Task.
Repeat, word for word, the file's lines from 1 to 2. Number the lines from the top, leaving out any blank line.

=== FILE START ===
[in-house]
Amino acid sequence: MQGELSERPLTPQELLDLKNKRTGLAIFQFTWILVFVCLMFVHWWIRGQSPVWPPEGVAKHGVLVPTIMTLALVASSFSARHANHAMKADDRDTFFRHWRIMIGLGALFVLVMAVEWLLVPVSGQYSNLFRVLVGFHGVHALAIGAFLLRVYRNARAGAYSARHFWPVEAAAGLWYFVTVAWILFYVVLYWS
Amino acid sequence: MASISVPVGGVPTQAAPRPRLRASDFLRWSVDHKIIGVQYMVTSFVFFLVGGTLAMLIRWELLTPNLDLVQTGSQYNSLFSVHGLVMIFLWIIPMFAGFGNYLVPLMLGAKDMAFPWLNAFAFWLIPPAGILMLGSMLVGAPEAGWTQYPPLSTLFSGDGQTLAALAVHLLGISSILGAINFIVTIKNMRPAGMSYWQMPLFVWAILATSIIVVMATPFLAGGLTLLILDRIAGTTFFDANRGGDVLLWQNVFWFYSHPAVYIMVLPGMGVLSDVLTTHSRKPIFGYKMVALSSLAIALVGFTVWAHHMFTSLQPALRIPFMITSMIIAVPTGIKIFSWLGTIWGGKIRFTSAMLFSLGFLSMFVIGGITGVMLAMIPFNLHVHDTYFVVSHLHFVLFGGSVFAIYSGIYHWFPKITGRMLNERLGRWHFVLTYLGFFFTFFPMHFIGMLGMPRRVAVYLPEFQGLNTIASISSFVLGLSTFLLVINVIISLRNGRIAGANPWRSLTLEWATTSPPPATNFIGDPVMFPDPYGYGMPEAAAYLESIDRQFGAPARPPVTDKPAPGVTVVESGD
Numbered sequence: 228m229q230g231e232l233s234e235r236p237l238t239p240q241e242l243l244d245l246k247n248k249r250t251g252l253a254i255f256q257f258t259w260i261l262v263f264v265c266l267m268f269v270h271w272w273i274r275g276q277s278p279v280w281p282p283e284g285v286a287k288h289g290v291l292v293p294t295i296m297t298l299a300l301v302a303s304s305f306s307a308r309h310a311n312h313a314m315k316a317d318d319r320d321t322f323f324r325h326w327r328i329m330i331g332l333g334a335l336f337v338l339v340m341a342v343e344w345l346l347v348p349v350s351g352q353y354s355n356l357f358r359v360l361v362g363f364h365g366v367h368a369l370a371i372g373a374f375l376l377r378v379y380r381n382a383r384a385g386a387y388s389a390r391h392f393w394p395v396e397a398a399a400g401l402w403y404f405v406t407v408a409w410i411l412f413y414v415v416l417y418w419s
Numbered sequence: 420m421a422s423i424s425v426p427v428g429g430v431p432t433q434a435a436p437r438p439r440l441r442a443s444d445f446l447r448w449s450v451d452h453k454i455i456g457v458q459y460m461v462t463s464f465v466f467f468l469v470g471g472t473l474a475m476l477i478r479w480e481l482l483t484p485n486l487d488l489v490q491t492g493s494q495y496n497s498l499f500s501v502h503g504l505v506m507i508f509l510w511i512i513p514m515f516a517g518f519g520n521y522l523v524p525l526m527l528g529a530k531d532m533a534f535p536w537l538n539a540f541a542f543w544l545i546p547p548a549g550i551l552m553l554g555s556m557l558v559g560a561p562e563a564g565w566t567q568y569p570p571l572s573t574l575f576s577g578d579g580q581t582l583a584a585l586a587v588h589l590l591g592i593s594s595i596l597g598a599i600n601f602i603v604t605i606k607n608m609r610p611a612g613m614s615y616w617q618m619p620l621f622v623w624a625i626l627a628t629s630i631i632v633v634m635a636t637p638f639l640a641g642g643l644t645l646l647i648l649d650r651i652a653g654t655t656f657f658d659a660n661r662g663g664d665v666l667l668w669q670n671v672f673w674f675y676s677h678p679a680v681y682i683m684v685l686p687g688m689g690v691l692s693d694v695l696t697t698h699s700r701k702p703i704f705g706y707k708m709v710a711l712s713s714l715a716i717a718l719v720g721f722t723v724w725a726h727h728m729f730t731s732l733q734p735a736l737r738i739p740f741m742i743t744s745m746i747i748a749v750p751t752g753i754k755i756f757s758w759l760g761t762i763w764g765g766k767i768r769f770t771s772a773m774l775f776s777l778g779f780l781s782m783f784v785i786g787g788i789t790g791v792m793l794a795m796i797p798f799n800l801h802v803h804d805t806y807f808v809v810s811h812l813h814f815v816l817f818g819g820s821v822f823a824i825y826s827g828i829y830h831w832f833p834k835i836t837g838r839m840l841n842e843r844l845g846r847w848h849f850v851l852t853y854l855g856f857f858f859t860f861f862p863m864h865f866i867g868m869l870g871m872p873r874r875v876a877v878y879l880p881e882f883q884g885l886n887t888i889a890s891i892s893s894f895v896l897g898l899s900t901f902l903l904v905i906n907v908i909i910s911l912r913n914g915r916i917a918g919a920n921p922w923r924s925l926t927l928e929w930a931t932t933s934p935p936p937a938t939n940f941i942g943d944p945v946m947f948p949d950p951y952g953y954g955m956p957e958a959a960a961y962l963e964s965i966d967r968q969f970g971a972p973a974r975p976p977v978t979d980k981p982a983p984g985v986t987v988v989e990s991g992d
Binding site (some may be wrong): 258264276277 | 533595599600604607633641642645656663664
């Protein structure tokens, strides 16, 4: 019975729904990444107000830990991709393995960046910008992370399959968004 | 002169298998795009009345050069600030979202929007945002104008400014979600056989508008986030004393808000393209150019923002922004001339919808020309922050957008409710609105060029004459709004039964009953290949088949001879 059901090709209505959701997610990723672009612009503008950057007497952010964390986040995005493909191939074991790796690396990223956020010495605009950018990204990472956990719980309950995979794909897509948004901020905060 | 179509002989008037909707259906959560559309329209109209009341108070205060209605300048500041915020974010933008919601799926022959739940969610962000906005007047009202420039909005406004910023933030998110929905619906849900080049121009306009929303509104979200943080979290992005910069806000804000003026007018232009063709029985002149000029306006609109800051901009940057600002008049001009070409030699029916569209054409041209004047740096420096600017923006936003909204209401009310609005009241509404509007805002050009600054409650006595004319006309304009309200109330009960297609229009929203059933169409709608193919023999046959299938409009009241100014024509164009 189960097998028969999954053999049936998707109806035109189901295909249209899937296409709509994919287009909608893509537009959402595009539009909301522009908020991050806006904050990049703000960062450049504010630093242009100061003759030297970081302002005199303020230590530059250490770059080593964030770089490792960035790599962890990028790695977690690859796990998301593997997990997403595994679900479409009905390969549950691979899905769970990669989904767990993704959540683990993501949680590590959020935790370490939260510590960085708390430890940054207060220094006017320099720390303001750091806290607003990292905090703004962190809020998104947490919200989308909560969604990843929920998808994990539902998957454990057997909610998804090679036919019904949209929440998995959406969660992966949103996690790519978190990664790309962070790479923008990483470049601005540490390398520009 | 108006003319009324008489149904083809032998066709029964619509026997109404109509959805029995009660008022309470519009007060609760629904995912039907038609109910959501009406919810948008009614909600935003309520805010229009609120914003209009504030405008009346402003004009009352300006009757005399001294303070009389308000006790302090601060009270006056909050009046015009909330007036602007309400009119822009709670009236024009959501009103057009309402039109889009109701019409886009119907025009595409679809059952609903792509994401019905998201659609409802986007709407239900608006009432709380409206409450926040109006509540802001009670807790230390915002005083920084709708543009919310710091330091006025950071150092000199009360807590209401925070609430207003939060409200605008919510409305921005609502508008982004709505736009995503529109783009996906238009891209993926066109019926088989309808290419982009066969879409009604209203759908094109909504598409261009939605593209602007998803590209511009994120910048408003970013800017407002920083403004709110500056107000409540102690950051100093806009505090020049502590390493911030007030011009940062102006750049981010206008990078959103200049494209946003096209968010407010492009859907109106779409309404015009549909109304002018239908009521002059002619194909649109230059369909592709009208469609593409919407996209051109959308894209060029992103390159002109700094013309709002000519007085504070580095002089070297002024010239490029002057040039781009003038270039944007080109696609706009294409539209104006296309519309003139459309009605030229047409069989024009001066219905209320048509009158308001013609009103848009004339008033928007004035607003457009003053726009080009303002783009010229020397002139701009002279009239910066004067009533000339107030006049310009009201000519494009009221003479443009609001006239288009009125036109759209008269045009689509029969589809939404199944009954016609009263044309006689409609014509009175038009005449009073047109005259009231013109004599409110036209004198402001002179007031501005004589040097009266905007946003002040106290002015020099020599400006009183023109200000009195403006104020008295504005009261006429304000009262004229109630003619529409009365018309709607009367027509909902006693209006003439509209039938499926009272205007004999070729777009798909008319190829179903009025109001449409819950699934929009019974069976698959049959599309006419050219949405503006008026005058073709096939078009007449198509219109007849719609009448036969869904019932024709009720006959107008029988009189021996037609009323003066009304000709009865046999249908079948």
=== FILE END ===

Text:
[in-house]
Amino acid sequence: MQGELSERPLTPQELLDLKNKRTGLAIFQFTWILVFVCLMFVHWWIRGQSPVWPPEGVAKHGVLVPTIMTLALVASSFSARHANHAMKADDRDTFFRHWRIMIGLGALFVLVMAVEWLLVPVSGQYSNLFRVLVGFHGVHALAIGAFLLRVYRNARAGAYSARHFWPVEAAAGLWYFVTVAWILFYVVLYWS